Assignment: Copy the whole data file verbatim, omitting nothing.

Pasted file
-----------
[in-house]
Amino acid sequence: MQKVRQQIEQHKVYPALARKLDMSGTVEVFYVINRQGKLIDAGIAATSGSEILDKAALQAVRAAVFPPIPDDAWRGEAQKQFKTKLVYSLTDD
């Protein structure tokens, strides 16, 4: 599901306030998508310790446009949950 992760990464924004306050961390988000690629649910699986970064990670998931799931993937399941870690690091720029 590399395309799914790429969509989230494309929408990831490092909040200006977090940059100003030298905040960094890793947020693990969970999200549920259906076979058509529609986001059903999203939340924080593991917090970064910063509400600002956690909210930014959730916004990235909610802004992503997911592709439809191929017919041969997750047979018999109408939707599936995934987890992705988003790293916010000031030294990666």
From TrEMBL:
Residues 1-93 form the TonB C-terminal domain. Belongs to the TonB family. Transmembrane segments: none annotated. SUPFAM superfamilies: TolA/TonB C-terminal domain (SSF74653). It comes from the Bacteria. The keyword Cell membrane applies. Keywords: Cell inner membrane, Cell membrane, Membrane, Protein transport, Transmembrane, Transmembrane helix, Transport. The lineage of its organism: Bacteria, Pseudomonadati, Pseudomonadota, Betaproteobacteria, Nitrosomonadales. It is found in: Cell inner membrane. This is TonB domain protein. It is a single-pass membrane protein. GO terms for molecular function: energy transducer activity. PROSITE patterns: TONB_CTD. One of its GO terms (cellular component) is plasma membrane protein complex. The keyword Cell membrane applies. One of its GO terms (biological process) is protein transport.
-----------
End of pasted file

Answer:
[in-house]
Amino acid sequence: MQKVRQQIEQHKVYPALARKLDMSGTVEVFYVINRQGKLIDAGIAATSGSEILDKAALQAVRAAVFPPIPDDAWRGEAQKQFKTKLVYSLTDD
């Protein structure tokens, strides 16, 4: 599901306030998508310790446009949950 992760990464924004306050961390988000690629649910699986970064990670998931799931993937399941870690690091720029 590399395309799914790429969509989230494309929408990831490092909040200006977090940059100003030298905040960094890793947020693990969970999200549920259906076979058509529609986001059903999203939340924080593991917090970064910063509400600002956690909210930014959730916004990235909610802004992503997911592709439809191929017919041969997750047979018999109408939707599936995934987890992705988003790293916010000031030294990666």
From TrEMBL:
Residues 1-93 form the TonB C-terminal domain. Belongs to the TonB family. Transmembrane segments: none annotated. SUPFAM superfamilies: TolA/TonB C-terminal domain (SSF74653). It comes from the Bacteria. The keyword Cell membrane applies. Keywords: Cell inner membrane, Cell membrane, Membrane, Protein transport, Transmembrane, Transmembrane helix, Transport. The lineage of its organism: Bacteria, Pseudomonadati, Pseudomonadota, Betaproteobacteria, Nitrosomonadales. It is found in: Cell inner membrane. This is TonB domain protein. It is a single-pass membrane protein. GO terms for molecular function: energy transducer activity. PROSITE patterns: TONB_CTD. One of its GO terms (cellular component) is plasma membrane protein complex. The keyword Cell membrane applies. One of its GO terms (biological process) is protein transport.